Further, by giving Google a license only in the name of Ganji, the government may have set up in advance a planned, easy method of turning the screws--to claim that it was an oversight and to then use the opportunity to put pressure on Google to, perhaps, provide personally identifiable search data. Once Google is in fear that they may not be able to get a 'correct' license at all, they will be more likely to make "evil" deals that they never would have made before investing so much money in China.

Typical Communist tactics. Not very effective since "the horses are already out of the barn", but typical nonetheless.

Support Freedom! [PersonRank 10]

14 years ago #

Today's news shows the screws are being tightened even tighter on Google. Communist Party newspapers are specifying the demands of the Beijing dictatorship.

"Do more evil" is what they are saying:

* Censor much more.

* Remove the statement of missing results for banned words.

* Invest even more money (so they can hold a greater amount of Google's money hostage to assure compliant behaviour).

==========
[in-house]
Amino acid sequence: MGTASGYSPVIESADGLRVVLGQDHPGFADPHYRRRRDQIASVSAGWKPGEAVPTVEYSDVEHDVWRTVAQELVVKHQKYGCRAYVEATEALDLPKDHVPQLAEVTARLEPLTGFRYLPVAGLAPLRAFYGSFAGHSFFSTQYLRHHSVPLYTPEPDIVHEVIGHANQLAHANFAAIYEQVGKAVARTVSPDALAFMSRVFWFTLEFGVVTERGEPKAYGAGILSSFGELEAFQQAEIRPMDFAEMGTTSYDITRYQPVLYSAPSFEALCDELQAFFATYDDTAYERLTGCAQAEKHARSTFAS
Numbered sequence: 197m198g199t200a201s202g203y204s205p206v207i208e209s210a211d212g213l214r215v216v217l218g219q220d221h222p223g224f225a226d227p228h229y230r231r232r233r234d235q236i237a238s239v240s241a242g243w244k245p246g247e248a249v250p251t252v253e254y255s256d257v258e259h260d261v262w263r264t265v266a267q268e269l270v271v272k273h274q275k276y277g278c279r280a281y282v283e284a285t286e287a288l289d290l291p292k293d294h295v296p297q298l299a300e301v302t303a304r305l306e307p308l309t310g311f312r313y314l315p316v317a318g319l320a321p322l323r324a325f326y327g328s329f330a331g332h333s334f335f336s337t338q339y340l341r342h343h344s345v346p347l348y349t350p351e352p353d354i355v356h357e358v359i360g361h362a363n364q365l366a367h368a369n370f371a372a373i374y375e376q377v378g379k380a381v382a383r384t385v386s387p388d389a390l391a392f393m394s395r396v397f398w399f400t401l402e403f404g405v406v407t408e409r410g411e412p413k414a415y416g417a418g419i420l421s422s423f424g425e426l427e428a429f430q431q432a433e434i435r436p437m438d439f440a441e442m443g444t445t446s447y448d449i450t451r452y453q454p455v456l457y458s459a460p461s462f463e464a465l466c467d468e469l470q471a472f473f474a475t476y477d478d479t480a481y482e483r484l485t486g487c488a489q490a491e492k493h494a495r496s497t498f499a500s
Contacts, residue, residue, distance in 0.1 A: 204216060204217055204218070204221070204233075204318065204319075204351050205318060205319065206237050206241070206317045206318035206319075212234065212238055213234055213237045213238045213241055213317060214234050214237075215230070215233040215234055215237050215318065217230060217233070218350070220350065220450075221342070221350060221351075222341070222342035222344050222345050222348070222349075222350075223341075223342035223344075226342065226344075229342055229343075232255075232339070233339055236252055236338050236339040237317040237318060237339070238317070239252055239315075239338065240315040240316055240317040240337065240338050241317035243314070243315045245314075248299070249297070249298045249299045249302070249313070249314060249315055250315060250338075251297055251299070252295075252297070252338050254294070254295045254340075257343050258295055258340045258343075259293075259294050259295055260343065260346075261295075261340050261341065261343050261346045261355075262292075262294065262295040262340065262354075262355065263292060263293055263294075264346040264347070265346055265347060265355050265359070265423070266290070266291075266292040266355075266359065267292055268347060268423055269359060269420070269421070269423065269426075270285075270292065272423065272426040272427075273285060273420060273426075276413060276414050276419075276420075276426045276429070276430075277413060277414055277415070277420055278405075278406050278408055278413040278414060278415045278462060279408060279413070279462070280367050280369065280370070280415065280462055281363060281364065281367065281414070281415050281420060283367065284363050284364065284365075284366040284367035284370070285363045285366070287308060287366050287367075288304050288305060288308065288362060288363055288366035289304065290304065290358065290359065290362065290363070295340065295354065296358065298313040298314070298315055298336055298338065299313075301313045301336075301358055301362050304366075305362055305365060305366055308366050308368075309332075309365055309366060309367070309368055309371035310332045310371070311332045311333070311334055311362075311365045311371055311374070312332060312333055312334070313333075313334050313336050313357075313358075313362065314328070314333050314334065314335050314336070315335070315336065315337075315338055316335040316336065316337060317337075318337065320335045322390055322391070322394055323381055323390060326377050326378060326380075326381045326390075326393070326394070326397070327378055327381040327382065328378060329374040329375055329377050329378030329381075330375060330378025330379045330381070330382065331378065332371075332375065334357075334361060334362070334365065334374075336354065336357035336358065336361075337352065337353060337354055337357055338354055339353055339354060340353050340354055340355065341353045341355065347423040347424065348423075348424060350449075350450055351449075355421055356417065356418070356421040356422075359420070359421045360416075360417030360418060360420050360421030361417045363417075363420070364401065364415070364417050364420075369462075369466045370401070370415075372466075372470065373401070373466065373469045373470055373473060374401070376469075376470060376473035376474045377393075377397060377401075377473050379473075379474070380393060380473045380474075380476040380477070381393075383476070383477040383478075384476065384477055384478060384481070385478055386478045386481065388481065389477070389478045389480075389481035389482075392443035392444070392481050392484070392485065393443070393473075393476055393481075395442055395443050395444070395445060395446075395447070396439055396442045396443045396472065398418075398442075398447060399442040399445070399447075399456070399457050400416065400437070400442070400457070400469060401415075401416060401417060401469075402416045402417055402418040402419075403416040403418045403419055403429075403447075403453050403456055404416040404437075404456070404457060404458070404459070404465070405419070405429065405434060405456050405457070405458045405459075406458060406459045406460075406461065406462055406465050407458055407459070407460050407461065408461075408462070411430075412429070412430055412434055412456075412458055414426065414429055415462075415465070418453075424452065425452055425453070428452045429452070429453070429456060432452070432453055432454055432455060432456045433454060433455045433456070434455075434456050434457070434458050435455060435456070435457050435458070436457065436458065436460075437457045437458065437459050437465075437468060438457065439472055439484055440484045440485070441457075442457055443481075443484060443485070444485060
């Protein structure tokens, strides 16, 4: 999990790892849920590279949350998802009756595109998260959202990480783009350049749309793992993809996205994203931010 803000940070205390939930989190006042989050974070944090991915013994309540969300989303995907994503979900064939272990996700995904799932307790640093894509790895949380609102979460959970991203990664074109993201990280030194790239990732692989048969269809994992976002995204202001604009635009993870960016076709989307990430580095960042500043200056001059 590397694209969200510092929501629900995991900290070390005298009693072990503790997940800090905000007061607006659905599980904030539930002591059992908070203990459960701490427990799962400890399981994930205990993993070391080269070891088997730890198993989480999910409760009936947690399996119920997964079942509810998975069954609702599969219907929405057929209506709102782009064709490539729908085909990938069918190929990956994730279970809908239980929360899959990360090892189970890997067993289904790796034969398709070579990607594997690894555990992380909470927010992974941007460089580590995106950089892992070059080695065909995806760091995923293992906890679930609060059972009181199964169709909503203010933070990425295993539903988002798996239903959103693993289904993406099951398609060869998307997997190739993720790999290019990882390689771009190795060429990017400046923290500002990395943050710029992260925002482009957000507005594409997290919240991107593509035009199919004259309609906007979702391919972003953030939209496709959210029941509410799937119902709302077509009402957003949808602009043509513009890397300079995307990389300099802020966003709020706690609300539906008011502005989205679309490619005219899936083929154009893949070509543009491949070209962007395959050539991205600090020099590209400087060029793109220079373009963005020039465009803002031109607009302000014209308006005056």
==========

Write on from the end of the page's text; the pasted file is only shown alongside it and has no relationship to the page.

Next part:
* Block any Chinese access to Google.com (watch to see if that link on google.cn vanishes soon).

* Most of all the regime wants all the discussion about Chinese internet censorship stopped--obviously Google can't control that, but they are being punished anyway because it was the contradiction of their "do no evil" motto and their censoring in China that helped bring Chinese censorship to light so vividly.

Google is likely now deeply regretting and rethinking their China deal. The lure of easy profits brought them into China, but their mistake was trusting the Chinese government to act like a government in a free country.

The painful lesson is that all dictatorships (and criminals) routinely lie and take advantage of those gullible enough to trust them. As an example, the arms control agreements the US signed with the Soviets were violated on an incredibly massive scale. Once the Soviet empire collapsed, some Eastern European countries asked the US what to do with the treaty-violating missiles they had. Past is prologue.

Google now is now between a rock and a hard place:

Either abandon ship or "do more evil".